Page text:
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Memoir of a Christian

author: harrison otis | contributor

Credit: Frank via Flickr

It is not difficult for a community that calls itself Christian to act as though it were anything but.

As a homeschooler who graduated from a small Christian college in America, I’ve lived most of my life with and around Christians. This fact has often frustrated me. The “Christian bubble,” like any close community, can become stifling, and I have been quick to judge my fellow Christians when they fail to show graciousness to those who disagree with them. I know people who come from backgrounds more conservative than mine who have been wounded by cruelty, intolerance, or sexism disguised as religion. It is not difficult for a community that calls itself Christian to act as though it were anything but.

Yet, even so, the Christian Church I have come to know is not primarily a place of fanatic hypocrisy. It is there, of course, and where communities suffer, and people are hurt. But in general, I know the Church as an oddball collection of people of all nations, races, personalities, professions, and backgrounds, held together by a common faith in Jesus, an everyday gratitude for his salvation, and a joint determination to follow him. There is evil and pain here, as the jagged edges of our broken selves rub against each other. But I have also seen great goodness, love, patience, unselfishness, joy, and kindness, as God slowly repairs us into his image and our rightful selves.

What is meant by this last phrase goes all the way back to the book of Genesis. Evil is, most fundamentally, a rejection of God’s goodness and authority—and because God is our Creator, rejecting him ultimately means denying ourselves. God creates the first humans like him (“in his own image”) and calls them “very good.” When those same people disobey him two chapters later, they are distorting their image and unraveling the “very goodness” of their creation. When we do evil today, we distance ourselves farther and farther from that standard of full, and wholly good, personhood. And crazily enough, we tend to like it. This is what Jesus has come to save us from: not from what makes us human but from what we think makes us human, the poison we cling to as medicine.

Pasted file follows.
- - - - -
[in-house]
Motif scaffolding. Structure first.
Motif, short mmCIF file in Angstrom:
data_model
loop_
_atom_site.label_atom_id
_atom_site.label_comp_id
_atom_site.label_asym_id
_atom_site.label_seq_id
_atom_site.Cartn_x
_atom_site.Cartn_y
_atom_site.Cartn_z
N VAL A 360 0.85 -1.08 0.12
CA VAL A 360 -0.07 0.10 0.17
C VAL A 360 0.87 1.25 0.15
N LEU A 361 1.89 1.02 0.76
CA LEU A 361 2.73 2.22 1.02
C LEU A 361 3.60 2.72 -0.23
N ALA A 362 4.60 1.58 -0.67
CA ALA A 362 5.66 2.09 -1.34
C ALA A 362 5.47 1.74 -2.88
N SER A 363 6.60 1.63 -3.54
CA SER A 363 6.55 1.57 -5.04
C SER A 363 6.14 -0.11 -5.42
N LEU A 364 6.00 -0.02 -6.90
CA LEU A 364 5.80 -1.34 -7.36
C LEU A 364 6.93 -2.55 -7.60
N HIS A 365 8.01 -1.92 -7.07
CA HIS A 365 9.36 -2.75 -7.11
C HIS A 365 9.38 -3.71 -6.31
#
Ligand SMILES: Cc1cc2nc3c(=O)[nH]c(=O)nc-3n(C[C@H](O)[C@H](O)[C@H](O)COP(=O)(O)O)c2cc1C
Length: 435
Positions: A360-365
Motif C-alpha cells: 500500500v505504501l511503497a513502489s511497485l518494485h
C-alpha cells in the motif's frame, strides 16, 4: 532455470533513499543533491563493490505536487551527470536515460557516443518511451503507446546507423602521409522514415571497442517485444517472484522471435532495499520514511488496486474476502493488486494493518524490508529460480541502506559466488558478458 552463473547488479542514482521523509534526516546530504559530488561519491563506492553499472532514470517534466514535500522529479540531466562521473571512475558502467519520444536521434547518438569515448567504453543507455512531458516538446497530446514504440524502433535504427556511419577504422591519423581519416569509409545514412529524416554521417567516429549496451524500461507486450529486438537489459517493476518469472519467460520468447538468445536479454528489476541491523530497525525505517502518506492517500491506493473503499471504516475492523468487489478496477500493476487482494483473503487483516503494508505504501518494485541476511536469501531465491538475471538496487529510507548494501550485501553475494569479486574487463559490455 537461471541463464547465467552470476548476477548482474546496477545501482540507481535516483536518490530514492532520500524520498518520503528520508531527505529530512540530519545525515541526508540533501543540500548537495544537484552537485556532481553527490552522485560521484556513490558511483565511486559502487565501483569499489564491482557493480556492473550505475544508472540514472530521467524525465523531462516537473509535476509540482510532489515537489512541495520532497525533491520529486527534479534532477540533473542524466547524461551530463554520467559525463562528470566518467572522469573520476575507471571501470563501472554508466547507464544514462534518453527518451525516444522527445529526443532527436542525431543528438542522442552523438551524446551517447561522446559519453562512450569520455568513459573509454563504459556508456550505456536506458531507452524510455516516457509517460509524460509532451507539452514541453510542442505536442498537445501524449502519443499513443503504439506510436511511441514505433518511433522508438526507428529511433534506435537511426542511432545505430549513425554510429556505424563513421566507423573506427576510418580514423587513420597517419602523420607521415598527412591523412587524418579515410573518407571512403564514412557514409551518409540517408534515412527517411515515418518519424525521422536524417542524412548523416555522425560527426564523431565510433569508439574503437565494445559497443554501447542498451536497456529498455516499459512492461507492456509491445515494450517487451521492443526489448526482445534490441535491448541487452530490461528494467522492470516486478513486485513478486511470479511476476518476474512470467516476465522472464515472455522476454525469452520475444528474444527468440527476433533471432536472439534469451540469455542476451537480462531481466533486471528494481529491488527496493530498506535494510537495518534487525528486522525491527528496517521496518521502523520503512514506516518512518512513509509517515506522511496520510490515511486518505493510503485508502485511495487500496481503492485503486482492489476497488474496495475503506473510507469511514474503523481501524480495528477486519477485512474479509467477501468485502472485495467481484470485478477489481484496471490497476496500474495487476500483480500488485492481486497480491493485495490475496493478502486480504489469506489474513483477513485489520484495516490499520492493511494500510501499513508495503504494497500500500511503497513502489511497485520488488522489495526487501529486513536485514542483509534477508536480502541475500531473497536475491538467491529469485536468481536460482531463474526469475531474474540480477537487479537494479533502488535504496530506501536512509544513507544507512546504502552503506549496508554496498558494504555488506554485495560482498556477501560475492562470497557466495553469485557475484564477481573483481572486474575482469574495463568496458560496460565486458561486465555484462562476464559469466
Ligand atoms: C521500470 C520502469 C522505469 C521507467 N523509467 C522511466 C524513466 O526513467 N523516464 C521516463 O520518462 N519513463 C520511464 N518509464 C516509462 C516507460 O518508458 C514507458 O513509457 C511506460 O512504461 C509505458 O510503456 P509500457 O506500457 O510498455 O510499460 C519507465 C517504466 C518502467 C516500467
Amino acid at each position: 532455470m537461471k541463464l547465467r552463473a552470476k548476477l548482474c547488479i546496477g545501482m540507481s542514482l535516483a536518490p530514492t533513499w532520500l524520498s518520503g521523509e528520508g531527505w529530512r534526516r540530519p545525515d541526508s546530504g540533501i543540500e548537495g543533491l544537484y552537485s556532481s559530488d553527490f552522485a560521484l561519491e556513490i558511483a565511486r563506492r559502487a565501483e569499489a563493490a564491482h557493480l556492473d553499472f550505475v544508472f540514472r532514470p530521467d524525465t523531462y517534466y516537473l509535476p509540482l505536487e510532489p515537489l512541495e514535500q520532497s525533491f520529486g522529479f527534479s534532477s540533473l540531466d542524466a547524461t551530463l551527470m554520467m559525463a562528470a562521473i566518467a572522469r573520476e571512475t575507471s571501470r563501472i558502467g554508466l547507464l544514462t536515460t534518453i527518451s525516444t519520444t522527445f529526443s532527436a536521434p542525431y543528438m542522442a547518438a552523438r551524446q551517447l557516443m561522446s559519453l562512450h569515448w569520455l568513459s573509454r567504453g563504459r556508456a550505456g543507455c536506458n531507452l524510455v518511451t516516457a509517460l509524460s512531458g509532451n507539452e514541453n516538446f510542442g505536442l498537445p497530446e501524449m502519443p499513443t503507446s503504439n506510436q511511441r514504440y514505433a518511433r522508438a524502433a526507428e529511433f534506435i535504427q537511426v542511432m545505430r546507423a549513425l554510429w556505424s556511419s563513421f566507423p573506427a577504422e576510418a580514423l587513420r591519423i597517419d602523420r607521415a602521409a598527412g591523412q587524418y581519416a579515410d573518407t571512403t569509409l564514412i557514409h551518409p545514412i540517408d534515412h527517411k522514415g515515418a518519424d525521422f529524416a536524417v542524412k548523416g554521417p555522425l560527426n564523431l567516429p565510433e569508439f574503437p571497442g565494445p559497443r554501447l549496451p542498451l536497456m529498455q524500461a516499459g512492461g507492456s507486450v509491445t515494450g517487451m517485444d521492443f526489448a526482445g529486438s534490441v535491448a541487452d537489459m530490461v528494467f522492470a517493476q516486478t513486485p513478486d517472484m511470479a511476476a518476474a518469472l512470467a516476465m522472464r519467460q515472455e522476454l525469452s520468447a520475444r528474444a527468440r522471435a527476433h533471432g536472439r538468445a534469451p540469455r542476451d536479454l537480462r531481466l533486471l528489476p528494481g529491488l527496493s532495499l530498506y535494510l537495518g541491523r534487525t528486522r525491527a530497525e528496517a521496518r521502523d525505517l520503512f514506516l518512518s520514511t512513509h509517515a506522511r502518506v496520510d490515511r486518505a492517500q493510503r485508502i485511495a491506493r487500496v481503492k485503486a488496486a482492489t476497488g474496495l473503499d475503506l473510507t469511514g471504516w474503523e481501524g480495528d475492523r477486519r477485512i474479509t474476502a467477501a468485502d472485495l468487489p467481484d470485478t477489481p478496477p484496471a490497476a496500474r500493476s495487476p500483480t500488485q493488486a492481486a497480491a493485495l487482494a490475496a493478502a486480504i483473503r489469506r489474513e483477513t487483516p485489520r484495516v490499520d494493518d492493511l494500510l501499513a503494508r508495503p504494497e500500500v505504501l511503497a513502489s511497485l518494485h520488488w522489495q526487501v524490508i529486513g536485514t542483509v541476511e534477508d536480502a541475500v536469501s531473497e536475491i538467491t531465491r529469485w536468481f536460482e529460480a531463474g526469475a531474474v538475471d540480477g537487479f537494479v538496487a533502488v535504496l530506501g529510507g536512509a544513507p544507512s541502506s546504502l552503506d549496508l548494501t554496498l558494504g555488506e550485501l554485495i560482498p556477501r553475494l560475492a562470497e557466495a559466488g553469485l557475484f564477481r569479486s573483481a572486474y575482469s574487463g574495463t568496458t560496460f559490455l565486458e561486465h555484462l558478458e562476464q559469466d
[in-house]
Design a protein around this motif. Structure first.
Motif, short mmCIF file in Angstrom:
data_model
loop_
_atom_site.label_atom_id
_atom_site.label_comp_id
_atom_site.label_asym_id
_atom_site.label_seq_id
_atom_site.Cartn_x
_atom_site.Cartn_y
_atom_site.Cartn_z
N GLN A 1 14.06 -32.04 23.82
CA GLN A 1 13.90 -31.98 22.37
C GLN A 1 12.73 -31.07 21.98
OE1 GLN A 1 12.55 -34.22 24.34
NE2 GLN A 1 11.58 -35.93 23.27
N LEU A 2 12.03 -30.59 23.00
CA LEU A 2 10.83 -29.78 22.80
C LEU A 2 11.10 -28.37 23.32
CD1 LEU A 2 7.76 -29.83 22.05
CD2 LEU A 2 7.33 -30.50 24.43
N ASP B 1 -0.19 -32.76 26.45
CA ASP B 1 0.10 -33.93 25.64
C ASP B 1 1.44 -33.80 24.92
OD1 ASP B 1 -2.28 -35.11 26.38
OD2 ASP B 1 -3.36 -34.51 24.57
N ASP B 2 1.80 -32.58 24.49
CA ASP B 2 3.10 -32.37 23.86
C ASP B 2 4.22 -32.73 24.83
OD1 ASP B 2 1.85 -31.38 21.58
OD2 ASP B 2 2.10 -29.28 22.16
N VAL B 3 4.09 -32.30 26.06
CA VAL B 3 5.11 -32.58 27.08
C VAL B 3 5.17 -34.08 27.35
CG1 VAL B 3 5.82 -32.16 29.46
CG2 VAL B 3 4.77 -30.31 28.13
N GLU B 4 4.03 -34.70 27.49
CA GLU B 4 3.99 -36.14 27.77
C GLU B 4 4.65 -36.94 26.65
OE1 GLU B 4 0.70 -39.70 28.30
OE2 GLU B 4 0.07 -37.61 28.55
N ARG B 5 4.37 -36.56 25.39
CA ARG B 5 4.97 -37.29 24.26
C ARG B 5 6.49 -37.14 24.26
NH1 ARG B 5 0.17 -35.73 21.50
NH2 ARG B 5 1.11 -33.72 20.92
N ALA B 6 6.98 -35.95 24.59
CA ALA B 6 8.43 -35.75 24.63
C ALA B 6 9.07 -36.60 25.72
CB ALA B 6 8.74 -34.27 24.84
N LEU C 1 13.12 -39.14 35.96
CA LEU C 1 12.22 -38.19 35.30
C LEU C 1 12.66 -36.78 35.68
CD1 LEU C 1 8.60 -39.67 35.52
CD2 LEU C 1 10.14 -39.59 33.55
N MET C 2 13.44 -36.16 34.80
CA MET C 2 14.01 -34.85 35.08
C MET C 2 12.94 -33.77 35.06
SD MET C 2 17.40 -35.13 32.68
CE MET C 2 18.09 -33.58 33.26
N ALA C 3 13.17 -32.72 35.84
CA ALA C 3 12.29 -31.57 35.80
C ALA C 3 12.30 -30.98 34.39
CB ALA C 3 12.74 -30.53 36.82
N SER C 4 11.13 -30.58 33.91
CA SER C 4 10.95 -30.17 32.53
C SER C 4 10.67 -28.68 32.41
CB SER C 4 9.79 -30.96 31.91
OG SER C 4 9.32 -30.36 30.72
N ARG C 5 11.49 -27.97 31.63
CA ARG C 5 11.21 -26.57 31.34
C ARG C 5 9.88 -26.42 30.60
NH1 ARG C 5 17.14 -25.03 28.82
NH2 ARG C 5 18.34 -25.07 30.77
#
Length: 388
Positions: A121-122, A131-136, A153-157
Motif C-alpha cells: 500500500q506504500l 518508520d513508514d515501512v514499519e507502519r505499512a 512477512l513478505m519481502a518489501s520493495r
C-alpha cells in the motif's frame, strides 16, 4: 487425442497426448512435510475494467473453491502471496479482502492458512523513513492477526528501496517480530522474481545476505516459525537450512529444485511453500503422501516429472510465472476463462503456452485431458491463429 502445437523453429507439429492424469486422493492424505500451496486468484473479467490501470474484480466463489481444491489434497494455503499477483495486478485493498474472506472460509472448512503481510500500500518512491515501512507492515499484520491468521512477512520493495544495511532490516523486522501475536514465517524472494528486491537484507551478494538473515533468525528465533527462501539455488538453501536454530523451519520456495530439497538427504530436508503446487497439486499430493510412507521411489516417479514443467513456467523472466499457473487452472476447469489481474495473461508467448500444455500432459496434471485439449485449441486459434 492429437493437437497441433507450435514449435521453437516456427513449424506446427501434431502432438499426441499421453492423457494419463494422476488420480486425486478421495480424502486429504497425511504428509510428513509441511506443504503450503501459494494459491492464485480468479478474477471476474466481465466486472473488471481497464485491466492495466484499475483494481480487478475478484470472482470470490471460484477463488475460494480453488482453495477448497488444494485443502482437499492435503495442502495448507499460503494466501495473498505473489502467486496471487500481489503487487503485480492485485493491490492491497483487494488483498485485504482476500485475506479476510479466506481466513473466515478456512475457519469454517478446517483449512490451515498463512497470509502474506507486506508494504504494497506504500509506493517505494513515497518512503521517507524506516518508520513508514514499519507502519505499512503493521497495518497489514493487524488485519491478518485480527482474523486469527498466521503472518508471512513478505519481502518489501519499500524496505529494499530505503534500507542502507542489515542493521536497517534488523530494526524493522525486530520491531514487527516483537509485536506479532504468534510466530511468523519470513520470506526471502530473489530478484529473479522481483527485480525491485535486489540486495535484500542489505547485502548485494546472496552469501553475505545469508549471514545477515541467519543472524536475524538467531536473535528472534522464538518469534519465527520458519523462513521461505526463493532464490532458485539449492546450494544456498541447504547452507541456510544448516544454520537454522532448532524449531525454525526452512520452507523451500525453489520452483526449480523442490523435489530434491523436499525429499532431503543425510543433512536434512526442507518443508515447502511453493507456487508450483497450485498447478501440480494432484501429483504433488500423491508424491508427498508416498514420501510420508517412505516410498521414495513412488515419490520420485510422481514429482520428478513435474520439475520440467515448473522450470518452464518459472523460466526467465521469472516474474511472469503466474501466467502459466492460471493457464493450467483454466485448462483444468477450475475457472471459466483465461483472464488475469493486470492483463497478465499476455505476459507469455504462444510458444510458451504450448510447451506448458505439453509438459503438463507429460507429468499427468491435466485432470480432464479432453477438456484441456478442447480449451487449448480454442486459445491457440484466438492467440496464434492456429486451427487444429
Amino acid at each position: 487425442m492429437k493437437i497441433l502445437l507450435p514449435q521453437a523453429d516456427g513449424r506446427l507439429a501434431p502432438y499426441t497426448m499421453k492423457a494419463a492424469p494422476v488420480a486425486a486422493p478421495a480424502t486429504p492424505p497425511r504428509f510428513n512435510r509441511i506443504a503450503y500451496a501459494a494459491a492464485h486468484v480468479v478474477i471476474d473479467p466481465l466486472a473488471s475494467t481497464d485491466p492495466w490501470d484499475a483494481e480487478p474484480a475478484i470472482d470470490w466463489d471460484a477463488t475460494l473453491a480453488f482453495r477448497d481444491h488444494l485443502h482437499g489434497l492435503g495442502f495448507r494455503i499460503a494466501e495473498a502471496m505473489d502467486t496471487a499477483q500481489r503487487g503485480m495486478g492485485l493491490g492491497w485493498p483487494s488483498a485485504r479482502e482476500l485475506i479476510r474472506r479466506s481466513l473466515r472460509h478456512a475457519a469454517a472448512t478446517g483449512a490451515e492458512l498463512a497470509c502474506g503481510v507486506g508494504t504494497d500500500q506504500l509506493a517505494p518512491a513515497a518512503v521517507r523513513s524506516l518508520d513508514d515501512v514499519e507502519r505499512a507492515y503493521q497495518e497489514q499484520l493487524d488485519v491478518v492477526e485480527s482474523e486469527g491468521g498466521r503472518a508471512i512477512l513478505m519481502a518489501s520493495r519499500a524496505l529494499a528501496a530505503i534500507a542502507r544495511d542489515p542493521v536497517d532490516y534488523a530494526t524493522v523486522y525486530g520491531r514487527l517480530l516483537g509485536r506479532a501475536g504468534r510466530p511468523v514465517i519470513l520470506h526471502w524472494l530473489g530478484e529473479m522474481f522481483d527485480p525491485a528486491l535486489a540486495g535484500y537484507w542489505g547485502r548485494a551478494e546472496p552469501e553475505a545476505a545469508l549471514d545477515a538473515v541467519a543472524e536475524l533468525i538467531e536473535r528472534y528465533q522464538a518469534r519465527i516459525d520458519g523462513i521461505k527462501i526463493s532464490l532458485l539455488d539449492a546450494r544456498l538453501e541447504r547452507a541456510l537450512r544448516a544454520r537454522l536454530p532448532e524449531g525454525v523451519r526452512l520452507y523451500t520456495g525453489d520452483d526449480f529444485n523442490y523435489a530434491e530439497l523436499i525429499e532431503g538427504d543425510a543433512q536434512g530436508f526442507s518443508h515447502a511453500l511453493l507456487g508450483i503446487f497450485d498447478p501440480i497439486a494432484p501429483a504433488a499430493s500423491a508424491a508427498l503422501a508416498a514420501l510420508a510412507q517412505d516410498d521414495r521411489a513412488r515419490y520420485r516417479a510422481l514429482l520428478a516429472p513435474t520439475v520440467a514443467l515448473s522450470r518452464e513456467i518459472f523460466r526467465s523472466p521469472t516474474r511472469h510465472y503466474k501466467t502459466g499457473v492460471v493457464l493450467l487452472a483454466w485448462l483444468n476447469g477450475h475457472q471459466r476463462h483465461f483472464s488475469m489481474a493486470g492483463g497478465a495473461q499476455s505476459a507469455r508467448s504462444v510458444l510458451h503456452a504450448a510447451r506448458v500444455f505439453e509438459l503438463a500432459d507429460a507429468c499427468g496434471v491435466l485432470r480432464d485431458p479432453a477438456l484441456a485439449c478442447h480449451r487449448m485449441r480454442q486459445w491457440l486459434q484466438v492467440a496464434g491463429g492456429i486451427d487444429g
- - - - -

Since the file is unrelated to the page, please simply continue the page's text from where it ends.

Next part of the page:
Evil is serious. When people complain that the God of the Bible is unduly harsh or cruel, I think they underestimate just how dangerous evil is. This is something we do all the time. We justify ourselves as rapidly as we breathe; we excuse emotions, thoughts, attitudes, and actions because we want to preserve the sense of our normalcy. We’re not murderers, and we’re not saints. We’re okay somewhere in the middle. But evil is no less severe because it is common. Evil, all evil, any evil is the active undoing of all that is good, all that is worthwhile, all that is valuable. It deserves nothing but extinction. When God judges evil—not the judgment of a diva but the judgment of a judge – he is not vindictive or cruel. He is just.

Justice is an essential part of goodness, and I think we tend to underestimate this, too. We often believe goodness a bore and perfection an uptight goody-two-shoes. But everything in life that’s worth something is good. Why do we love our favorite food? Because it’s good. Why do we listen to our favorite musicians? Because they’re good. Why do we vote for our ideal candidate? Because we think she will do a good job. Imagine that nugget of goodness you see glinting in a thousand places around you extracted, combined, and presented with no defects whatever: pure goodness, utterly delightful and utterly valuable. This is the opposite idea of annoying: it’s what makes everything worth doing, worth being. Because of this, pure goodness is ruthlessly just, since nothing that’s not good is worth anything. This poses a problem for us creatures of imperfection and selfishness. We know we can’t live with pure goodness, and we know we can’t live without it. So most of the time we choose not to think about it.

When I ask myself why I bother believing in all this Christianity stuff, I end up here. I know myself well enough to know that I am not wholly good, and I can imagine just enough of God’s goodness to know that beauty burns. Goodness is a fire, not a pillow. Were we to come face to face with complete and utter goodness, we would fear for our lives. And yet Jesus has come, and died, and risen again so that I, a person rotted through with evil, can not only escape the judgment of a perfectly good God but can also be made good myself: restored, ultimately, to the very goodness of that first creation. I am not the only evil one, that is, so is the whole oddball collection of us who believe in Him, slowly growing toward God’s goodness together.

There’s more I could say, but for me, this is what the Church is about; this is the good news we have to proclaim; this is my source of joy.

 

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